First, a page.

For some strange reason, the supposed conservative savior is Fred Thompson. Thompson is an oddball – I knew he’d been a Senator (in fact, I indirectly know a guy who worked for him), but recognized him a lot more from his work as an actor. (Mainly playing politicians and lawyers and whatnot.) Apparently, from everything you read, he’s what the Republican candidates have largely been lacking – someone with impeccable conservative credentials, and the charm factor to lull independents and Democrats over to the dark side. (I joke. OK, no I don’t.)
Or..maybe not. Thompson more and more looks like he’s not much worse than Mitt Romney, who most seem to think will say just about anything to get elected. Thompson is politically minded enough that during the Watergate hearings, he leaked information to the White House that the Oval Office tapes were becoming public information.
The day before Senate Watergate Committee minority counsel Fred Thompson made the inquiry that launched him into the national spotlight -- asking an aide to President Nixon whether there was a White House taping system -- he telephoned Nixon's lawyer.
"Thompson was a mole for the White House," Armstrong said in an interview. "Fred was working hammer and tong to defeat the investigation of finding out what happened to authorize Watergate and find out what the role of the president was."
By the way, this is all documented in Thompson’s autobiography. This is something he’s pretty proud of.
Now, apparently he either is more pro-choice than he says most of the time, or he was willing to lobby for something he didn’t believe in.
Former Tennessee Sen. Fred D. Thompson, who is campaigning for president as a "pro-life" Republican, accepted a lobbying assignment from a family-planning group to persuade the first Bush White House to ease a controversial abortion restriction, according to a 1991 document and five people familiar with the matter.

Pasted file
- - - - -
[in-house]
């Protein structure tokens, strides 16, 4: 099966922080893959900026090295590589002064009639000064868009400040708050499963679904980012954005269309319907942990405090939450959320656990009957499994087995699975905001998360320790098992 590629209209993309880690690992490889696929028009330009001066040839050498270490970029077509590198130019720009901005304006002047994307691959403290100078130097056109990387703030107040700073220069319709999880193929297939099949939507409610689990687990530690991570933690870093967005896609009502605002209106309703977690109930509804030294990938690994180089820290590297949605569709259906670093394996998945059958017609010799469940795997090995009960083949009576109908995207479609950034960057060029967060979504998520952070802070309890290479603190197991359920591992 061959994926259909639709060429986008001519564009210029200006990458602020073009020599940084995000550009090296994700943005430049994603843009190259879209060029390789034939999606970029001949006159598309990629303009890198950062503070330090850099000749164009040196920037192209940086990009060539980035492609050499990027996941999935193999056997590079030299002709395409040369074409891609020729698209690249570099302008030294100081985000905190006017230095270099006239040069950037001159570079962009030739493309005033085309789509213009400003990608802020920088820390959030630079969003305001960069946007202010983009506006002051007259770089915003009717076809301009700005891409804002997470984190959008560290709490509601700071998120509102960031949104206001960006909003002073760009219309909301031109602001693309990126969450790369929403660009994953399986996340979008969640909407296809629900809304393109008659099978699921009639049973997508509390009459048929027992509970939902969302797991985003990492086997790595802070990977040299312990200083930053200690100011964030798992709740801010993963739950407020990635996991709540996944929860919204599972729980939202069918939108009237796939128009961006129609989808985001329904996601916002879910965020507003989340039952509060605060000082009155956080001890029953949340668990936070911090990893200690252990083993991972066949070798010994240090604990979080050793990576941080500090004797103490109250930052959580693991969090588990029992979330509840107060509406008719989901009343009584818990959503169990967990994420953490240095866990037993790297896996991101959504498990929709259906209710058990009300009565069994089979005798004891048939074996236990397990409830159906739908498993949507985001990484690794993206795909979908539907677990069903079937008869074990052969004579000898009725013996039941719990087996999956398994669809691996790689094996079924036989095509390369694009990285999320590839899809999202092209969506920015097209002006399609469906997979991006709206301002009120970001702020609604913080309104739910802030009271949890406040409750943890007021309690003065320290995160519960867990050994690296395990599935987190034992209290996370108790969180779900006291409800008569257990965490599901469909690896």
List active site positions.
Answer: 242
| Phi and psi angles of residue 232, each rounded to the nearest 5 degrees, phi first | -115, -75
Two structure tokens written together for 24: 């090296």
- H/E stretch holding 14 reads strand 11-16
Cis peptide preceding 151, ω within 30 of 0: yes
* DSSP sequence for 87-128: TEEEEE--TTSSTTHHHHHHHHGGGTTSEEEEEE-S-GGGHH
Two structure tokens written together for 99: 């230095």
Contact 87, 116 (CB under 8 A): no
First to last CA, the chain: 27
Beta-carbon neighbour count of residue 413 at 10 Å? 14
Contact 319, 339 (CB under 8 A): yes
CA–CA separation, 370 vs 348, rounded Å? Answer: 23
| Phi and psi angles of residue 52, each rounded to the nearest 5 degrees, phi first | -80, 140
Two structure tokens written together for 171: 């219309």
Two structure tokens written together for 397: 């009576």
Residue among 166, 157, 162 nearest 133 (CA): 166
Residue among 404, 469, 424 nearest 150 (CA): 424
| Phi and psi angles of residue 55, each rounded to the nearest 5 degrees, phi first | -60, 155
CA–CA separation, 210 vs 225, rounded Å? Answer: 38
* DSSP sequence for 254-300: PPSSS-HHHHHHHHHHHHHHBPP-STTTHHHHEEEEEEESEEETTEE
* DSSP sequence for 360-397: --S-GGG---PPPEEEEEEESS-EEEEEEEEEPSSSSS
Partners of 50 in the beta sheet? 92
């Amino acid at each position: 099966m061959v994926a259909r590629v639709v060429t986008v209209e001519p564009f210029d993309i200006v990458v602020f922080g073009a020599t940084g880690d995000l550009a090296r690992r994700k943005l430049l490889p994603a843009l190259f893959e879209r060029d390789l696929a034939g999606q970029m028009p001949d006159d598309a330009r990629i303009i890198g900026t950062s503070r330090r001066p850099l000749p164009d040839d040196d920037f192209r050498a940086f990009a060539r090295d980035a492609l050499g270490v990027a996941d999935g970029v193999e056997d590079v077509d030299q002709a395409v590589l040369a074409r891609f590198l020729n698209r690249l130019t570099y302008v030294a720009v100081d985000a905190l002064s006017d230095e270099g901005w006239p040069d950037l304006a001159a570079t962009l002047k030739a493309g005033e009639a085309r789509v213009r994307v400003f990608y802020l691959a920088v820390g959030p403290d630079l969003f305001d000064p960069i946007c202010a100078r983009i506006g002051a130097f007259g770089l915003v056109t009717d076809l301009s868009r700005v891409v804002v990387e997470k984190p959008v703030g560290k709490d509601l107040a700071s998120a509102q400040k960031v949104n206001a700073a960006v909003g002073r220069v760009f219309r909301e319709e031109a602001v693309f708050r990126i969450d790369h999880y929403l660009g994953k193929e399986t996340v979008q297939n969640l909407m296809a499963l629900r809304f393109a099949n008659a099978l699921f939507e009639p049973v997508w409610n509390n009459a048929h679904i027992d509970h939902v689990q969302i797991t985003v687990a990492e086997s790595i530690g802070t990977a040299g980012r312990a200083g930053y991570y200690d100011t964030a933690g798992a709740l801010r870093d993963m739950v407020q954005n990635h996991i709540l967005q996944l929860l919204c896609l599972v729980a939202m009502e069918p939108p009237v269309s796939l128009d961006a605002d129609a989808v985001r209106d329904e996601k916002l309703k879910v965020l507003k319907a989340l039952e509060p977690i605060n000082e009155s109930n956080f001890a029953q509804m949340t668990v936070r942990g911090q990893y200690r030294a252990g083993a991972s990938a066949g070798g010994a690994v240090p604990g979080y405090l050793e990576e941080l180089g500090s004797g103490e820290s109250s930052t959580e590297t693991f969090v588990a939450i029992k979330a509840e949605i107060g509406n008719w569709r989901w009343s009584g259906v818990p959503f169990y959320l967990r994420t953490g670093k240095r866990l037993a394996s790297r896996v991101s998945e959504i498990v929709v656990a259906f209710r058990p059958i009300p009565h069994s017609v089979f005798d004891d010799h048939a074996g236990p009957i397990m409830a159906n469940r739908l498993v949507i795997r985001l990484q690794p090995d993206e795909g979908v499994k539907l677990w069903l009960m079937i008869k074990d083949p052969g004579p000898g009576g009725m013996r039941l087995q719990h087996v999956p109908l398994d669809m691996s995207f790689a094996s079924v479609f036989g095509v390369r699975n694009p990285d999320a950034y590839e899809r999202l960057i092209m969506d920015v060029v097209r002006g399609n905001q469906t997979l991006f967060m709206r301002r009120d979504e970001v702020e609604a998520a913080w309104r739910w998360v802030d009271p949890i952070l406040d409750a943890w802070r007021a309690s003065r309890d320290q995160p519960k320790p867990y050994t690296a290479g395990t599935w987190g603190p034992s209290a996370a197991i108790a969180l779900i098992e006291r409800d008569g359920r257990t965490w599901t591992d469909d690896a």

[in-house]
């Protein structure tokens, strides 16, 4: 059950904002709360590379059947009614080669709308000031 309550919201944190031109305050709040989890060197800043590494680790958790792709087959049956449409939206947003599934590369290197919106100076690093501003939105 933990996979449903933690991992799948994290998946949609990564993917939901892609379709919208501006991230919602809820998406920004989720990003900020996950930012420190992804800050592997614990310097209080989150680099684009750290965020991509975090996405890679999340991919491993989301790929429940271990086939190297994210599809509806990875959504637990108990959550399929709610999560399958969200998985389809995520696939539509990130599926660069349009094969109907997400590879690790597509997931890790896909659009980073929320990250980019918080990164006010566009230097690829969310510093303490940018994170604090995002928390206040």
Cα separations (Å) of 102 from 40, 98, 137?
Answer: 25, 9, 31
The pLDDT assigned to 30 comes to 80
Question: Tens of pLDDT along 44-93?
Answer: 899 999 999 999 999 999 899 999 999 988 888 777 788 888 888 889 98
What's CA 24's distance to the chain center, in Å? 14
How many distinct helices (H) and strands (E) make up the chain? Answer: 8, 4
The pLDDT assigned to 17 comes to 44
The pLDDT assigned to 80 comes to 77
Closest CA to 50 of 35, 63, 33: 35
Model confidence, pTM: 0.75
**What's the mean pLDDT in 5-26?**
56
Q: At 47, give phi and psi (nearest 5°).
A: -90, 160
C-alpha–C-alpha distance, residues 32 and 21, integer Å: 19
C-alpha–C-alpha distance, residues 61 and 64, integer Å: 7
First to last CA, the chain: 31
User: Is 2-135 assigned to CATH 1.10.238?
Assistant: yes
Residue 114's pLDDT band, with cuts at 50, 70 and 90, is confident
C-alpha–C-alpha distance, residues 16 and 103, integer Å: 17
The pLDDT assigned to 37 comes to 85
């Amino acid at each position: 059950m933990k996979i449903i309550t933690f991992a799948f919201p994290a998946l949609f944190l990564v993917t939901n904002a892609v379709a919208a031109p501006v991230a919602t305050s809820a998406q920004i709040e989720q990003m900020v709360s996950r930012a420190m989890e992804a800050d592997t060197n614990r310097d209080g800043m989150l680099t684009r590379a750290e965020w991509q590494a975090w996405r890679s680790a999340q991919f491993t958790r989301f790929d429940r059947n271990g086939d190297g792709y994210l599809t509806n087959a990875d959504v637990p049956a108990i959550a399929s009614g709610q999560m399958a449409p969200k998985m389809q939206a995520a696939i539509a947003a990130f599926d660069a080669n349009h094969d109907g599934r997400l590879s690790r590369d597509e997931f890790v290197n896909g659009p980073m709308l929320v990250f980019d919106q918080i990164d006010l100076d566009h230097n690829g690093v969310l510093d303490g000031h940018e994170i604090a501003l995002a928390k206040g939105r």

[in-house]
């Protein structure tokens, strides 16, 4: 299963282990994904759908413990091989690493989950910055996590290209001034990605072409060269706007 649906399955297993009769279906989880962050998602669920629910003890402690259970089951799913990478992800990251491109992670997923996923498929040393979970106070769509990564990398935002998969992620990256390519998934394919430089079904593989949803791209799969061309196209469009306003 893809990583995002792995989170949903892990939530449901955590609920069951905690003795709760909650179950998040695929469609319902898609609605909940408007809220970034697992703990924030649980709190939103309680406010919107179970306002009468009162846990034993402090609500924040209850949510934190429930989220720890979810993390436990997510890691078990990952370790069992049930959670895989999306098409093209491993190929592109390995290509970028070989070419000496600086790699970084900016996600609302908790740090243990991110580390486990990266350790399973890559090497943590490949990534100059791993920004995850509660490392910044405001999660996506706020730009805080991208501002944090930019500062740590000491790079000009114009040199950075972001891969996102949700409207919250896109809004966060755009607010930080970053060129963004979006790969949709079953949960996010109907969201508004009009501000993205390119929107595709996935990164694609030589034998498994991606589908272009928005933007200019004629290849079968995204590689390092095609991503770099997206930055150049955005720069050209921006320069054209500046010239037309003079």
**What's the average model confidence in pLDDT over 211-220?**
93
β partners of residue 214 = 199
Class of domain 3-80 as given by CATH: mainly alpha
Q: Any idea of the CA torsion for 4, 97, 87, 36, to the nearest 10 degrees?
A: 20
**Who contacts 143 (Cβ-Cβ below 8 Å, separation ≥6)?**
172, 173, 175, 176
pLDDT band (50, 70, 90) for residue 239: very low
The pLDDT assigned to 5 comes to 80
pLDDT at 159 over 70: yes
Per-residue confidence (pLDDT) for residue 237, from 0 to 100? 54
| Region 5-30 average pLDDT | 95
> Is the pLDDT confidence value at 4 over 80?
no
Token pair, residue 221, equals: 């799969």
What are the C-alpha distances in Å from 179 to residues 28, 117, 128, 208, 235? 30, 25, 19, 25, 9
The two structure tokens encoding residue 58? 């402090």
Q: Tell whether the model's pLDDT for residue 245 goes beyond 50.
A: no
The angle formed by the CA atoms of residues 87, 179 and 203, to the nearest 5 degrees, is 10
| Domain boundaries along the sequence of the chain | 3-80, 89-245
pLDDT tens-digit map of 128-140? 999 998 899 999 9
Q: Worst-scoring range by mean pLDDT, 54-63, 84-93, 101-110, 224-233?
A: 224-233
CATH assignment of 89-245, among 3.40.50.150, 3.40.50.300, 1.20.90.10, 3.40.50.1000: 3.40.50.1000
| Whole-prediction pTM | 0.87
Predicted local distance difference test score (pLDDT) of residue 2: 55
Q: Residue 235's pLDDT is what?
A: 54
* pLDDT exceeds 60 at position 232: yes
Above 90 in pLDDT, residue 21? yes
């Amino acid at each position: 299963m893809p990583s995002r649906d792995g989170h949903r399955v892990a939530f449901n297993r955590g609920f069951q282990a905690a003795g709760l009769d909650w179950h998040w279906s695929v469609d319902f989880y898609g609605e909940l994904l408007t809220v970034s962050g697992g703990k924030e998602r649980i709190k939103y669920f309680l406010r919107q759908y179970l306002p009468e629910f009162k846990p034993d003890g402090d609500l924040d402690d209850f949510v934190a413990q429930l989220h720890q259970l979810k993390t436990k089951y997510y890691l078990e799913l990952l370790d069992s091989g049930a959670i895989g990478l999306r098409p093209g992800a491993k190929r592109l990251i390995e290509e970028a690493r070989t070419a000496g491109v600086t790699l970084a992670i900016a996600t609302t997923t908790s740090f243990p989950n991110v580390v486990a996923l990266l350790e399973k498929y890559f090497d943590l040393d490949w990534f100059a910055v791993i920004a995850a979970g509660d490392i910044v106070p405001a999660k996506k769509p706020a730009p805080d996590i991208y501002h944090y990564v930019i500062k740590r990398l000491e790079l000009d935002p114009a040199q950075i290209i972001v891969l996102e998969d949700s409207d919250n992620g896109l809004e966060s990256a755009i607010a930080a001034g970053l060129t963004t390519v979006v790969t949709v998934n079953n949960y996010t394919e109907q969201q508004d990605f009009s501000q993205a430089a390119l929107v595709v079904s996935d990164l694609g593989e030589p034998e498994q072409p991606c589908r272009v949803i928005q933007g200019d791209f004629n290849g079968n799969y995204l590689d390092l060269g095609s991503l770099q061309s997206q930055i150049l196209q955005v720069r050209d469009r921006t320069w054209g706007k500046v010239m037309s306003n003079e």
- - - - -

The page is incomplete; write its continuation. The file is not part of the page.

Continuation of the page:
This story is from the LA Times, and a document and five people confirming this seems substantive enough. Thompson is apparently saying this is flat-out untrue. It’s an interesting tactic…and if Judy Miller wrote the article, maybe I’d believe him.
This quote from the article tells me all I need to know, however:
On Fox News last month, he was asked why he checked a box on a questionnaire in his 1994 Senate campaign beside a statement saying that abortion "should be legal in all circumstances for the first three months."
"I don't remember that box," he said. "You know, it was a long time ago, and I don't know if I filled it out or my staff, based on what they thought my position was, filled it out."
So, he’s either disinterested enough in his own opinions not to see what he’s being held to in a debate, or he’s throwing his old staffers under the bus. Add this to the story about his renting a beatup truck to drive up to events for his 1994 campaign, then ditching it around the block to jump into his luxury sedan…and you have one career politician.
Wouldn’t it at least be nice to have someone in there with conviction? Most off the major candidates – Thompson, McCain, Giuliani, Clinton and Romney – would be hard pressed to truly prove they believe everything they say. Obama and Edwards…maybe. This doesn’t mean that they actually do, but so far they seem more convincing in that regard, especially Obama, at least to me.
Anyhow, this has been a long way of saying, “Fred Thompson is a phony.” And if he is the conservative savior, then so be it.